Five nuclear agency staff died in Russia missile test explosion
The military base and testing centre, pictured here in 2011, was used by the Soviet Union to test its nuclear arsenal AFP

Russia said Saturday an explosion at an Arctic missile testing site killed five nuclear agency staff and involved radioactive isotopes after a nearby city reported a spike in radiation levels.

In a statement, Russia's nuclear agency Rosatom said the accident on Thursday at a secret military facility also left three staff with burns and other injuries.

The military had not previously described the accident as involving nuclear fuel and said radiation levels were normal afterwards.

But officials in the nearby city of Severodvinsk reported that radiation levels were briefly raised after the accident.

The accident occurred in the far northern Arkhangelsk region during testing of a liquid propellant jet engine. An explosion sparked a fire, killing two, the defense ministry said in a brief statement.

Rosatom said its staff were providing engineering and technical support for the "isotope power source" of the engine being tested.

The authorities have released few details of the accident at the Nyonoksa test site on the White Sea, used for testing missiles deployed in nuclear submarines and ships since the Soviet era.

The defense ministry said six defense ministry employees and a developer were injured while two "specialists" died of their wounds.

AFP /Moscow

It was not immediately clear whether the death toll reported by Rosatom included the fatalities announced earlier by the defense ministry.

Russian state news agencies quoted a defense ministry source as saying both defense ministry and Rosatom employees were killed.

- Radiation spike -

The authorities in Severodvinsk, 30 kilometers (19 miles) from the test site, said on their website on Thursday that automatic radiation detection sensors in the city "recorded a brief rise in radiation levels" around noon that day.

The post was later taken down and the defense ministry said that radiation levels were normal after the accident.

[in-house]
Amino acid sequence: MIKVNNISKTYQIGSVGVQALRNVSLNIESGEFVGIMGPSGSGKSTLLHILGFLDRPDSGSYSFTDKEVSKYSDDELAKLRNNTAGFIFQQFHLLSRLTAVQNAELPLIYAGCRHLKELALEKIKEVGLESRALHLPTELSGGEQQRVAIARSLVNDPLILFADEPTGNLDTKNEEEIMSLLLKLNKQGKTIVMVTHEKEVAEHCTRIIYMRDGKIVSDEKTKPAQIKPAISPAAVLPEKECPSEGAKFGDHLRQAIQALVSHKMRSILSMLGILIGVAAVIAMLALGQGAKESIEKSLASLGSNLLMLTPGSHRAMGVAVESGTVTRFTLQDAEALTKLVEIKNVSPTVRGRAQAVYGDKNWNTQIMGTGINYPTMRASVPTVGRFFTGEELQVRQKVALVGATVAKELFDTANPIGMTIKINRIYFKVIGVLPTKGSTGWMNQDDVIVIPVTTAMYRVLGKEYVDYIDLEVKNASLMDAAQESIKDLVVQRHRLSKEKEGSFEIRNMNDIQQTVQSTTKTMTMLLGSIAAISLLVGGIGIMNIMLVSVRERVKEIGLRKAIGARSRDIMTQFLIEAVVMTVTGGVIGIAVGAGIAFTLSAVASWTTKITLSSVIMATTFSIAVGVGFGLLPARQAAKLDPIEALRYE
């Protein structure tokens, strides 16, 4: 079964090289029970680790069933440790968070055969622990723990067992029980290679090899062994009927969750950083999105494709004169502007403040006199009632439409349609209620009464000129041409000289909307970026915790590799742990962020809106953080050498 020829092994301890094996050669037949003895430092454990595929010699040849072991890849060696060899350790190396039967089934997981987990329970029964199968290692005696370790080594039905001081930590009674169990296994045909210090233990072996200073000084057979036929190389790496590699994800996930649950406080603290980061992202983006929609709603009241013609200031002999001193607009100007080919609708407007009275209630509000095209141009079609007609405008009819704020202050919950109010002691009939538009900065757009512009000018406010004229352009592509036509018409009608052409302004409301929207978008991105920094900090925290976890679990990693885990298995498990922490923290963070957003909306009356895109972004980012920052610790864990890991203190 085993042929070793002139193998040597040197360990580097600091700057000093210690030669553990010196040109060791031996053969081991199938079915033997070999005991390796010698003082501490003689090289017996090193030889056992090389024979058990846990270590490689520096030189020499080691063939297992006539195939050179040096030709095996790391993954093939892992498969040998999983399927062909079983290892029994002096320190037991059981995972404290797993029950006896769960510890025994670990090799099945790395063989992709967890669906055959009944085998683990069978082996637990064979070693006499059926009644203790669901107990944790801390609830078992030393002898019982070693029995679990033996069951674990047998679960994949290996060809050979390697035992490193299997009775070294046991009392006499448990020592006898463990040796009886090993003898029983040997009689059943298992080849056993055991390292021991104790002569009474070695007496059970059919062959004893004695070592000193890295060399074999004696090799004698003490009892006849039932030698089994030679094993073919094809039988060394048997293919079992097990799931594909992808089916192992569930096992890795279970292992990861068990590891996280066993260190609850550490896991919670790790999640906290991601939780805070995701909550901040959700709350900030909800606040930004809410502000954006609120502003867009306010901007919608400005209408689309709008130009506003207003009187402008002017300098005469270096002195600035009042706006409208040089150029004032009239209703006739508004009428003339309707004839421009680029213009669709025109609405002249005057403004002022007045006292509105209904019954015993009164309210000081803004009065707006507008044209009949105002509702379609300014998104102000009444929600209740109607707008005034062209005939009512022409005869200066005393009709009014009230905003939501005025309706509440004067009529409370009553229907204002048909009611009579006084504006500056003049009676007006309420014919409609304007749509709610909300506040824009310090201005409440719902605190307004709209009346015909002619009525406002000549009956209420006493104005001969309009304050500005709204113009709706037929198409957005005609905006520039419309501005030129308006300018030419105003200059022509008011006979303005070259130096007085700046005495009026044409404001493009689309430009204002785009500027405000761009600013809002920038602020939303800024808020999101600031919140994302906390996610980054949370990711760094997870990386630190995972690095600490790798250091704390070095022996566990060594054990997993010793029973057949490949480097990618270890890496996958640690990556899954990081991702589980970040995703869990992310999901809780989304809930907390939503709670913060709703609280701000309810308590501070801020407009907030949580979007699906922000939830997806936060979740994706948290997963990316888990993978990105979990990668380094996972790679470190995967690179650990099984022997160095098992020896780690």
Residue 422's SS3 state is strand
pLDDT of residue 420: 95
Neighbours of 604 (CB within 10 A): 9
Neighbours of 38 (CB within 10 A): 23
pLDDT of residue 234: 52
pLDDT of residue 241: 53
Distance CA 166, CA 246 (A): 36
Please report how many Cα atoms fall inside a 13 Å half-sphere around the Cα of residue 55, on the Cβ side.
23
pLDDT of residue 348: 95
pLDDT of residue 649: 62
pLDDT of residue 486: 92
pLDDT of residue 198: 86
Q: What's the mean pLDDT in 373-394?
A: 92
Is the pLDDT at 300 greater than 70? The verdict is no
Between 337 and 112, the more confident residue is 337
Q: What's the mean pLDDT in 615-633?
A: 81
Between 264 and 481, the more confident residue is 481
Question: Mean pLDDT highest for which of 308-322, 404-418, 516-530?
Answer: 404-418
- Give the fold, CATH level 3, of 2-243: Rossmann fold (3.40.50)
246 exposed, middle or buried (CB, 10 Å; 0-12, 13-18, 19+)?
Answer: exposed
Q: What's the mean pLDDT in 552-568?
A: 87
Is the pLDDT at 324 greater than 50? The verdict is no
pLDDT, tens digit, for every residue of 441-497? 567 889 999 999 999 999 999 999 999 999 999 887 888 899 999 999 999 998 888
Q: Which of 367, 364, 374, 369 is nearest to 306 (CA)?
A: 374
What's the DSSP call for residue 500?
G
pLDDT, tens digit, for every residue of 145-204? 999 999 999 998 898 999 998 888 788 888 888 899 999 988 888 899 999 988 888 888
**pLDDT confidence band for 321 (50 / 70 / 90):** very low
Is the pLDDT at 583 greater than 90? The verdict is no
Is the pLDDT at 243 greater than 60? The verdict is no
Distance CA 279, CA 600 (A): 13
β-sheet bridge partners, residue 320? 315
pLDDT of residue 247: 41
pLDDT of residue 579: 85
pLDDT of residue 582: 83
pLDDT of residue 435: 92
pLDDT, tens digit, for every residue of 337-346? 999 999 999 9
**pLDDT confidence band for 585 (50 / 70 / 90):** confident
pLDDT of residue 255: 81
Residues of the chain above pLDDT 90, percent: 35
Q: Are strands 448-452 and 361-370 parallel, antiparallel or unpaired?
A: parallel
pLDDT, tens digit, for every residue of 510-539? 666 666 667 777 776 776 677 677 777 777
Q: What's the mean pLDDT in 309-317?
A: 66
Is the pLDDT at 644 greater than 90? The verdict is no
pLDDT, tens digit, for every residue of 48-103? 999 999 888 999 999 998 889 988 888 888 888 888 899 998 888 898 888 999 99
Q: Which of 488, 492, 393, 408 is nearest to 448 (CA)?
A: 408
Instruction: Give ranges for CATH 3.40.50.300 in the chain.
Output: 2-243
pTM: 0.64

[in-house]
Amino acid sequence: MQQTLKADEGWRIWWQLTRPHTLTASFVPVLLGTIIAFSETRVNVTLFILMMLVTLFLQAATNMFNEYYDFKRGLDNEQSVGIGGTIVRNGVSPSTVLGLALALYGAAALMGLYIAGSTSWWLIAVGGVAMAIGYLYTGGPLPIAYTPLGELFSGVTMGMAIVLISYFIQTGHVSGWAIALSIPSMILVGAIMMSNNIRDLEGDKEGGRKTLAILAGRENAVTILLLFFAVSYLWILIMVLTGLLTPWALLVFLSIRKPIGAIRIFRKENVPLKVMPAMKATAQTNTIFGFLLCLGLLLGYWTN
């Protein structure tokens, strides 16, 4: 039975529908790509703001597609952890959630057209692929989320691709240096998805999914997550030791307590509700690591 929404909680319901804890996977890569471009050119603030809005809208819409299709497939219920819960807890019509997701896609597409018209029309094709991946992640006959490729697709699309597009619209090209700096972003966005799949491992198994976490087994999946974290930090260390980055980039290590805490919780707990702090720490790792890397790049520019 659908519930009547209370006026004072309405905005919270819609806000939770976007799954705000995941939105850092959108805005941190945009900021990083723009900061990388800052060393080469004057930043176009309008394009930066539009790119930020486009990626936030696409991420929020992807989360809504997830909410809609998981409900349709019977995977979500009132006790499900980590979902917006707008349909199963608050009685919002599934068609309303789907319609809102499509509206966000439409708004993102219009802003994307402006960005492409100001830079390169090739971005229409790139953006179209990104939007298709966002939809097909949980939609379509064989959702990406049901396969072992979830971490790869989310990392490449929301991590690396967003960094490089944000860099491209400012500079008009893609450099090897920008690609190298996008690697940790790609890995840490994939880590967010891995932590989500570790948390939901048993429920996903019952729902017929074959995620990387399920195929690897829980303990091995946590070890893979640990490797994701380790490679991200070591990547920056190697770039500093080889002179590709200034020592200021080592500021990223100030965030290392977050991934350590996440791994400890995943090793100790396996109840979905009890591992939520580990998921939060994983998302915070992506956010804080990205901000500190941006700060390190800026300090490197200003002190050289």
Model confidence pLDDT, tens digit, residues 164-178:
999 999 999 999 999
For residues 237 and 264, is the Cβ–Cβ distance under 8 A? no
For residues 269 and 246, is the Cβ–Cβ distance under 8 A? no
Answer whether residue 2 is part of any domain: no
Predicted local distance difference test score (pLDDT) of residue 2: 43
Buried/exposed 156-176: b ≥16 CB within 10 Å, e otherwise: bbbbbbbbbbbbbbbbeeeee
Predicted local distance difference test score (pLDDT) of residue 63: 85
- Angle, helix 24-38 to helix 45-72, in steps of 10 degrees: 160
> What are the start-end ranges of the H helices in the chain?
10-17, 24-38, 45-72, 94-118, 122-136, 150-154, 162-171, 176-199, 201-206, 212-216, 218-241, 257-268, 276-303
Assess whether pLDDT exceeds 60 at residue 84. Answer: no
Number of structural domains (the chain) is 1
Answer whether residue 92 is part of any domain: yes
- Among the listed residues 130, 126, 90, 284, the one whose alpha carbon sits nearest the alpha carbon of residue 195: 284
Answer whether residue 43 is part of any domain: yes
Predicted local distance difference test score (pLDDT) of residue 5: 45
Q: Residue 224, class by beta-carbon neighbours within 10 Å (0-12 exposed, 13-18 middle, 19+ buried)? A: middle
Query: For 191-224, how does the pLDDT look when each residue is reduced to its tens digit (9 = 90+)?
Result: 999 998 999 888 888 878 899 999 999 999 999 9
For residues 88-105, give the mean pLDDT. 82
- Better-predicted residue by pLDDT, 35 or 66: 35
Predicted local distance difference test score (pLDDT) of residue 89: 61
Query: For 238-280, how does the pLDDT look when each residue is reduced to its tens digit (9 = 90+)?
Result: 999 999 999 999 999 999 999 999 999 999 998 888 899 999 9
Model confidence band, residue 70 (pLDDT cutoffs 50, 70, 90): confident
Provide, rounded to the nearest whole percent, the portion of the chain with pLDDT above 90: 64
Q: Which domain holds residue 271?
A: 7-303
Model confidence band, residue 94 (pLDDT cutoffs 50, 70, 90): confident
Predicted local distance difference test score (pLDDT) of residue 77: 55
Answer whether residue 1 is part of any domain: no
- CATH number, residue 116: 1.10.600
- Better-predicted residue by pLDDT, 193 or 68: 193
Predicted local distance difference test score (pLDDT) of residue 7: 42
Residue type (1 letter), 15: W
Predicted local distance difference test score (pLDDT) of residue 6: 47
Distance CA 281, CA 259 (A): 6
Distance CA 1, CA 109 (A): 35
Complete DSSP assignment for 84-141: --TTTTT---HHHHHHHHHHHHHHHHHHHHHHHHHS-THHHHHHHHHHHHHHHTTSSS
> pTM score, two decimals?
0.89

An official responsible for civil defense, Valentin Magomedov, told TASS state news agency on Thursday that radiation levels rose to 2.0 microsieverts per hour for half an hour from 11:50 am (0850 GMT), before falling sharply.

He said this exceeded the permitted limit of 0.6 microsieverts, TASS reported.

Greenpeace Russia published a letter from officials at a Moscow nuclear research centre giving the same figure, but saying higher radiation levels lasted for an hour. The officials said this did not present any significant risk to public health.

Russian online media published unattributed video that journalists said showed a line of ambulances speeding through Moscow to take the injured to a centre that specializes in the treatment of radiation victims.

Rosatom said that the injured were being treated at a "specialized medical centre".

- Iodine panic -

An expert from Moscow's Institute for Nuclear Research, Boris Zhuikov, told RBK independent news site that isotope power sources are mainly used in spacecraft and are not usually dangerous for people working with them.

"If they are damaged, people who are nearby could be hurt. Isotope sources use various types of fuel: plutonium, promethium or cerium," Zhuikov said.

The radioactivity levels involved are "absolutely not comparable with those during serious accidents at reactors," he added.

The news of the accident prompted residents of Severodvinsk to rush to pharmacies on Thursday to stock up on iodine, which can be taken to stop the thyroid gland absorbing radiation.

"People started to panic. Within a matter of an hour all the iodine and iodine-containing drugs were sold out," pharmacist Yelena Varinskaya told AFP.

The Soviet Union saw the world's worst nuclear accident at Chernobyl in 1986, when the authorities sought to cover up the seriousness of the disaster.